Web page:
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Q
Best Way to Defeat Lyme Disease?
What do you recommend for Lyme disease? My doctor suggested bismacine, but I've heard that the FDA is against it. Why?
A
Answer (Published 10/3/2006)

Lyme disease is an infectious disease transmitted by bacteria carried by deer ticks. If you recognize the symptoms early on, the infection can be eliminated by a few weeks' treatment with antibiotics (doxycycline, amoxicillin, or cefuroxime axetil). However, if not promptly diagnosed and correctly treated, Lyme disease can lead to severe, chronic symptoms including arthritis and nerve damage.

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The FDA has, indeed, warned against bismacine (also called chromocine), which is an injectable product used to treat Lyme disease. It is typically prepared by compounding pharmacists and administered by alternative practitioners. Bismacine is not approved for the treatment of anything, including Lyme disease.

One person who received the compound died in April of 2006, and another was hospitalized a month earlier. Severe side effects have been reported, including kidney failure and cardiovascular collapse. If you've taken bismacine and notice any unusual symptoms, see a physician (not the one who gave you the shot) and explain that you were injected with this unapproved compound. It contains large amounts of bismuth, a heavy metal that can harm the heart and kidneys.

While we're on the subject of FDA warnings, in 2005 both the FDA and the Centers for Disease Control cautioned against tests for Lyme disease used by some commercial laboratories. The tests include urine antigen tests, immunofluorescent staining methods to identify the causative bacteria, and polymerase chain reaction tests to spot bacterial DNA in blood and urine. Neither the accuracy nor medical usefulness of these tests has been adequately established. Legitimate diagnostic testing for Lyme disease should begin with an enzyme immunoassay. If you test positive or the results aren't certain, the next step is a standardized Western immunoblot assay.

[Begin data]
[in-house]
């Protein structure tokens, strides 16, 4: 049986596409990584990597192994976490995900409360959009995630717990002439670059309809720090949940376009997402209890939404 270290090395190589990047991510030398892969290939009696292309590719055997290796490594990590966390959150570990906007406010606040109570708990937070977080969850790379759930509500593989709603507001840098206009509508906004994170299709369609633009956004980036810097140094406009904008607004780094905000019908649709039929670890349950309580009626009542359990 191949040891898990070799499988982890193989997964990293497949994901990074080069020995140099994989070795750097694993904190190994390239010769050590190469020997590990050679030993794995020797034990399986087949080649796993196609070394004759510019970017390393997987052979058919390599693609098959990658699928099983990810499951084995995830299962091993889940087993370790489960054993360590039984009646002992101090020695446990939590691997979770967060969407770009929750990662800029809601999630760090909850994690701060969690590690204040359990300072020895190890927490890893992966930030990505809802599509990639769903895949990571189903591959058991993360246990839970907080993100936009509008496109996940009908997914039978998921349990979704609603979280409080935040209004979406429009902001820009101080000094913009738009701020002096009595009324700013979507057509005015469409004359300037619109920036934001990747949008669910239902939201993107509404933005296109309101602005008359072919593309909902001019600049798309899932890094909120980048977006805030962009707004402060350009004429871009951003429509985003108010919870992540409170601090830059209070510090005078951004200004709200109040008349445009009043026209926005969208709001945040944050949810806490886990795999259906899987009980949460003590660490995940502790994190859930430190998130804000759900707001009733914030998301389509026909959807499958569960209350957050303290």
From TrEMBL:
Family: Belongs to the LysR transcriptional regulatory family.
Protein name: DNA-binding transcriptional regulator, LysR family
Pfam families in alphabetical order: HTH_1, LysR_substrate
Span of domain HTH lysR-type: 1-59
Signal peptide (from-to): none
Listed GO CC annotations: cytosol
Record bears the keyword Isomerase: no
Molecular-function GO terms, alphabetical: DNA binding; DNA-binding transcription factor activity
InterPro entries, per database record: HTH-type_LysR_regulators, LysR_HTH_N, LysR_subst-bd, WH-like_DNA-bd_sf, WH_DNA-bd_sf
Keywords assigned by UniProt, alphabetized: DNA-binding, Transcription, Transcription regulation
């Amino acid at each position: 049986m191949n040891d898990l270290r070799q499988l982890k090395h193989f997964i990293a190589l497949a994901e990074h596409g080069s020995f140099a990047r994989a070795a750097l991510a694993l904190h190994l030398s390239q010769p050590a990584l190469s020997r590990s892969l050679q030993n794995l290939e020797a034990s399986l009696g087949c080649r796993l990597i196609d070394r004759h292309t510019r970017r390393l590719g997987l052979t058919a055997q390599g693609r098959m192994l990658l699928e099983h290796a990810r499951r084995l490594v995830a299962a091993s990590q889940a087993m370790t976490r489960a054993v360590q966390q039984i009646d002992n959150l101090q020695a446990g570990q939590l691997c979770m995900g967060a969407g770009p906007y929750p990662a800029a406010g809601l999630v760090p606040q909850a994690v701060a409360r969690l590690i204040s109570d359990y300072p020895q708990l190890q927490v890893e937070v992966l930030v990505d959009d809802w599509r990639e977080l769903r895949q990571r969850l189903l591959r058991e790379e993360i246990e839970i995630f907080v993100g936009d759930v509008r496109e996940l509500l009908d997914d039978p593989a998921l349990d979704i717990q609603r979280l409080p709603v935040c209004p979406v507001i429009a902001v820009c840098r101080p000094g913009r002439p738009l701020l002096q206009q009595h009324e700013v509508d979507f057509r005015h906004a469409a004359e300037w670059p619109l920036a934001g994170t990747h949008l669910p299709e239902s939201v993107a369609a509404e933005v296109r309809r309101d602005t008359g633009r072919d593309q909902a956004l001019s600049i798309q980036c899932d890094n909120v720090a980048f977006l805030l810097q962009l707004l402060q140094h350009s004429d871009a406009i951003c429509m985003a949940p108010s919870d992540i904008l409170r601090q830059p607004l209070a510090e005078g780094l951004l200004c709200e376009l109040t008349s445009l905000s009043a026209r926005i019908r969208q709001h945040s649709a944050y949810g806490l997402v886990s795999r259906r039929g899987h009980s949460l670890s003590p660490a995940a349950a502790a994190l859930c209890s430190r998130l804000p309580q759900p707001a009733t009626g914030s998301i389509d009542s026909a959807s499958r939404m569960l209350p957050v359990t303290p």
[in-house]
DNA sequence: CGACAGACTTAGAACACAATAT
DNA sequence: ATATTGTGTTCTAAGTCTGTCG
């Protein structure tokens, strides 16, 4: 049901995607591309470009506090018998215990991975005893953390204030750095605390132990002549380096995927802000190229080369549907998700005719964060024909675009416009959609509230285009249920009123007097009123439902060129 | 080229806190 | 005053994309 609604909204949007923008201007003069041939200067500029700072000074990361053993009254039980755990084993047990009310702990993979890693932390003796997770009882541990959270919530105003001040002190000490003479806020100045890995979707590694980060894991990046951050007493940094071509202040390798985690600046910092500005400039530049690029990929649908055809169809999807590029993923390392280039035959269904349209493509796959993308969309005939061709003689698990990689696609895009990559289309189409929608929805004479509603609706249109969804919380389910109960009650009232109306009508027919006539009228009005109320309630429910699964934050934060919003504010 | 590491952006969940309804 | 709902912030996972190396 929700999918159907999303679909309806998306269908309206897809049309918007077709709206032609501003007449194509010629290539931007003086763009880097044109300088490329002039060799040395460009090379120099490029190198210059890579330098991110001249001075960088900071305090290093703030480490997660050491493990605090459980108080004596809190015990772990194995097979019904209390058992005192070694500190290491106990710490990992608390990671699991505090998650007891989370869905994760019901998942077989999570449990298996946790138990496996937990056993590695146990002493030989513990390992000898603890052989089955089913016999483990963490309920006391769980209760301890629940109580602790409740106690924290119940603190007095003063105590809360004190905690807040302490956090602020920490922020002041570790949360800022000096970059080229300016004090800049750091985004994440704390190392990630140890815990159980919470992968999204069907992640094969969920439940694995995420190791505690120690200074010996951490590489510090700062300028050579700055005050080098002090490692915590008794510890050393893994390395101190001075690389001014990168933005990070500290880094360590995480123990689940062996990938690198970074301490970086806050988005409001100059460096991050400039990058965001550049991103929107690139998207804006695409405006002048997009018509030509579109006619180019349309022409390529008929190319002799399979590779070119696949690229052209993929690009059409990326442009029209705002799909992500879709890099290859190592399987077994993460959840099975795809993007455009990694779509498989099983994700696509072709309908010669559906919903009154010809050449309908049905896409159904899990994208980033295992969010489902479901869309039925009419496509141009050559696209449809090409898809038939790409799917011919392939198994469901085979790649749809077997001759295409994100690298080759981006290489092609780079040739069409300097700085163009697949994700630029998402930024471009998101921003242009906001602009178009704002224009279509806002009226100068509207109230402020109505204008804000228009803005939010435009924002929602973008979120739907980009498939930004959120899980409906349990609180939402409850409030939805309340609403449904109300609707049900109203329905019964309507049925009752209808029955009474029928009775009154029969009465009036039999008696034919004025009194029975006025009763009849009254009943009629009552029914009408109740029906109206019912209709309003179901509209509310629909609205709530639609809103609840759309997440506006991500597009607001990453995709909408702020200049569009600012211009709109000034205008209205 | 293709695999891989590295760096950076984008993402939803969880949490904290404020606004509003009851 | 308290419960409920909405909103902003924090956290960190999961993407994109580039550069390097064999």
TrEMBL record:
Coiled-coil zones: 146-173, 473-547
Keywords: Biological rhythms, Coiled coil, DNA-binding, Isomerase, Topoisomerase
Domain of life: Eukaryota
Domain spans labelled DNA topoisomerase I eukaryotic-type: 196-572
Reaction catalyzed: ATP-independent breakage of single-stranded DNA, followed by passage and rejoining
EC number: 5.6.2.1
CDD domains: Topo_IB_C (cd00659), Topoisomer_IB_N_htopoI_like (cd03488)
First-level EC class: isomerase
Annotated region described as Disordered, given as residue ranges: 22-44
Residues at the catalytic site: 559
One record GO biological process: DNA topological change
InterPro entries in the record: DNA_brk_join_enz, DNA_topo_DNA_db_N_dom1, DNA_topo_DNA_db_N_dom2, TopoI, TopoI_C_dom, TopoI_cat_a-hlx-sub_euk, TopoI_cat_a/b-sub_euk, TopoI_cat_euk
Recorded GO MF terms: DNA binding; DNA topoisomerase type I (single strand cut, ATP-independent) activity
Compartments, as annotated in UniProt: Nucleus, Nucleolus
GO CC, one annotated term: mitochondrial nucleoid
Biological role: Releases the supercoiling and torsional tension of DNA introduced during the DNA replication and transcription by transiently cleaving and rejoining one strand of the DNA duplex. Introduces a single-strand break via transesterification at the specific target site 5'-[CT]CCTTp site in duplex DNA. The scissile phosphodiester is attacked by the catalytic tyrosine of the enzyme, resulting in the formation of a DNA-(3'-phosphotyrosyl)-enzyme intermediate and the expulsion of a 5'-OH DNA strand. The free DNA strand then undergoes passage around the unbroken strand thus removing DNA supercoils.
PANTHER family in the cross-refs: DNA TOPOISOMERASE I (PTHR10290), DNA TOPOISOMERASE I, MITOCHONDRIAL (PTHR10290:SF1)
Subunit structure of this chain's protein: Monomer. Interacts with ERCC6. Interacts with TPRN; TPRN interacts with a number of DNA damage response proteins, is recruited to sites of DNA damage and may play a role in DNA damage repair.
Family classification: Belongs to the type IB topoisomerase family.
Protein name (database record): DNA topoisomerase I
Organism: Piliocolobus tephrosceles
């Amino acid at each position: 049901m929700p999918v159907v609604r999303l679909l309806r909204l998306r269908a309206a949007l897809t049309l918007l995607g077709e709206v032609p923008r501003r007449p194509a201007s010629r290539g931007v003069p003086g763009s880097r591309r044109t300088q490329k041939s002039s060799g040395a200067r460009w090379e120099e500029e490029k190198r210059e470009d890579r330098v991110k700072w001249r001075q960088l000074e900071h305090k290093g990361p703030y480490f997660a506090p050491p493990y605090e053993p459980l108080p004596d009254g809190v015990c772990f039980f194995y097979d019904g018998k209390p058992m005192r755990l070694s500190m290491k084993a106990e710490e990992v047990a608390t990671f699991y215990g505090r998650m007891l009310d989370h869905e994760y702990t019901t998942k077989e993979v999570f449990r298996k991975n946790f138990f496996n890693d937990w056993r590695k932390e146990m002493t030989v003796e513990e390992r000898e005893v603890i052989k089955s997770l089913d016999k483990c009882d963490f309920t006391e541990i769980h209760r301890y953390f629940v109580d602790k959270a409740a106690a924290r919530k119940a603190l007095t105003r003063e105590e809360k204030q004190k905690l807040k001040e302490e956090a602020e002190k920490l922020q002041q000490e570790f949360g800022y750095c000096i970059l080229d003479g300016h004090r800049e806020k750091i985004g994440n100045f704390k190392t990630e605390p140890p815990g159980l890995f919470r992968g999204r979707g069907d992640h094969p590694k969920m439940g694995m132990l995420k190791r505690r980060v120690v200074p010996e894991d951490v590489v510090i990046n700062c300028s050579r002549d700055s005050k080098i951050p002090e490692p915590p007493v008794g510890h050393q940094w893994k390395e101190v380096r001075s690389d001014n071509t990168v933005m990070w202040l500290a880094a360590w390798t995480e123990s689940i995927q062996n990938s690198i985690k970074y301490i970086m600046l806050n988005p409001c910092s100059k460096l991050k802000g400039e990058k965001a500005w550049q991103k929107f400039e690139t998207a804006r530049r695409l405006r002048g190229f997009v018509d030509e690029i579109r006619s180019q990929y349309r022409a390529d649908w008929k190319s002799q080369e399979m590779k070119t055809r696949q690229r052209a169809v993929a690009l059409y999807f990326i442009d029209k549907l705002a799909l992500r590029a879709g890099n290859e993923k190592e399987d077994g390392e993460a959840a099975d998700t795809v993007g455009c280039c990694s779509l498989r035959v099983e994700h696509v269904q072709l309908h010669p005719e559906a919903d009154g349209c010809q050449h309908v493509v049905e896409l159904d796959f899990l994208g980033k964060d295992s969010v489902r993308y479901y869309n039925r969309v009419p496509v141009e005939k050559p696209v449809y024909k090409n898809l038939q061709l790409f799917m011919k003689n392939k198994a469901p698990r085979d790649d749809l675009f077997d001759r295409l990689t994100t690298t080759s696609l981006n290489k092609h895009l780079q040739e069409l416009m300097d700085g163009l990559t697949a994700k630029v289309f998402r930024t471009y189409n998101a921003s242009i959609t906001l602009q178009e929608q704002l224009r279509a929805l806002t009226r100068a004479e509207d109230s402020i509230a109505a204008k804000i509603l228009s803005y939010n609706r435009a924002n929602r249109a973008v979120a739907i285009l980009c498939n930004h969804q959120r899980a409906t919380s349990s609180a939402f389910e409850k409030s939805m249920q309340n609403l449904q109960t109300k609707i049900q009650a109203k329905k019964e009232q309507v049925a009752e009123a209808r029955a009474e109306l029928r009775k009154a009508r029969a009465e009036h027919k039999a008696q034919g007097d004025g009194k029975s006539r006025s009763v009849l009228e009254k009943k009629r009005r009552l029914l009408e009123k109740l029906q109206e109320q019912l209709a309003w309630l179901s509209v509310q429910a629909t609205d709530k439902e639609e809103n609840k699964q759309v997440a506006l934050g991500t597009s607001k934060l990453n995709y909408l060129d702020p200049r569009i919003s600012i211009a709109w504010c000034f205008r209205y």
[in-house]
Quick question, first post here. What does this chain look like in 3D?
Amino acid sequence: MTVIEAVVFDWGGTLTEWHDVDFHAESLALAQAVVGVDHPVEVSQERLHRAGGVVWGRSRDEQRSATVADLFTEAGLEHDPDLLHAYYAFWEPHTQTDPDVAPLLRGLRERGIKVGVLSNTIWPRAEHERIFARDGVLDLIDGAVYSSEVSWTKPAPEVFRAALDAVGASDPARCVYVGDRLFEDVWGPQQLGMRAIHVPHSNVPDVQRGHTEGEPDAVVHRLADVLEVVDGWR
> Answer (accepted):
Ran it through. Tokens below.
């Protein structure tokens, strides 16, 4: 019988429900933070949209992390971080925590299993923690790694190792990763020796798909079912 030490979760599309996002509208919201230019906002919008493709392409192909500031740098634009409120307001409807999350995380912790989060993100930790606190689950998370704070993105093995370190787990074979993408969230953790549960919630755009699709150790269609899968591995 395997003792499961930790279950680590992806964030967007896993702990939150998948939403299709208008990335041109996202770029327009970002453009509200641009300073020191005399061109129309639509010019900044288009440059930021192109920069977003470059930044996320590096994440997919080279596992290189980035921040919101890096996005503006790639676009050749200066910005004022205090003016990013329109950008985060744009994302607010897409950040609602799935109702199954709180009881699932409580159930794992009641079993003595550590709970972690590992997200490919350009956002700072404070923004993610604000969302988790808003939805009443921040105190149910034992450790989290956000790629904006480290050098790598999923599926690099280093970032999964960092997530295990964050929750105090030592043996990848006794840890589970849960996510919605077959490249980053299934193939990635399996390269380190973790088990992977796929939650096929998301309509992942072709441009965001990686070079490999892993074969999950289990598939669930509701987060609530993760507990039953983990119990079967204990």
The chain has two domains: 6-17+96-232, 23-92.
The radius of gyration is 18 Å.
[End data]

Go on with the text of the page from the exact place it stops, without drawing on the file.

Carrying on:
The deer ticks that carry Lyme disease are so tiny that they're hard to see even when fully engorged with blood, and not everyone infected develops the tell-tale "bull's-eye" rash that signals infection. Because of this, be sure to see a doctor experienced in diagnosing and treating Lyme disease if you live in an area where the disease is common and experience any strange skin rashes, fever, or joint pain, all of which can be Lyme symptoms.

As for prevention, a vaccine developed to protect against Lyme disease is no longer available because of lack of consumer demand. The disease used to be confined to Long Island, New York, and Connecticut where it first was seen (it is named after the town of Old Lyme, Connecticut, where the original cases were diagnosed). Although incidence is still highest in the northeastern United States, the disease has been reported throughout the country. You're at highest risk of encountering deer ticks in wooded areas, so be vigilant. When you're in infested areas, wear light colored clothing with long sleeves; be sure to tuck your pants into your socks to keep ticks from crawling up your legs. As soon as you get home, wash yourself and check your body for anything unusual. Have a partner check your back.

The best information I have found on the treatment of Lyme disease is in a new book by my colleague, Qingcai Zhang, M.D., a leading practitioner of modern Chinese medicine in New York. It is available here: http://www.amazon.com/Lyme-Disease-Modern-Chinese-Medicine/dp/0967721318

Andrew Weil, M.D.

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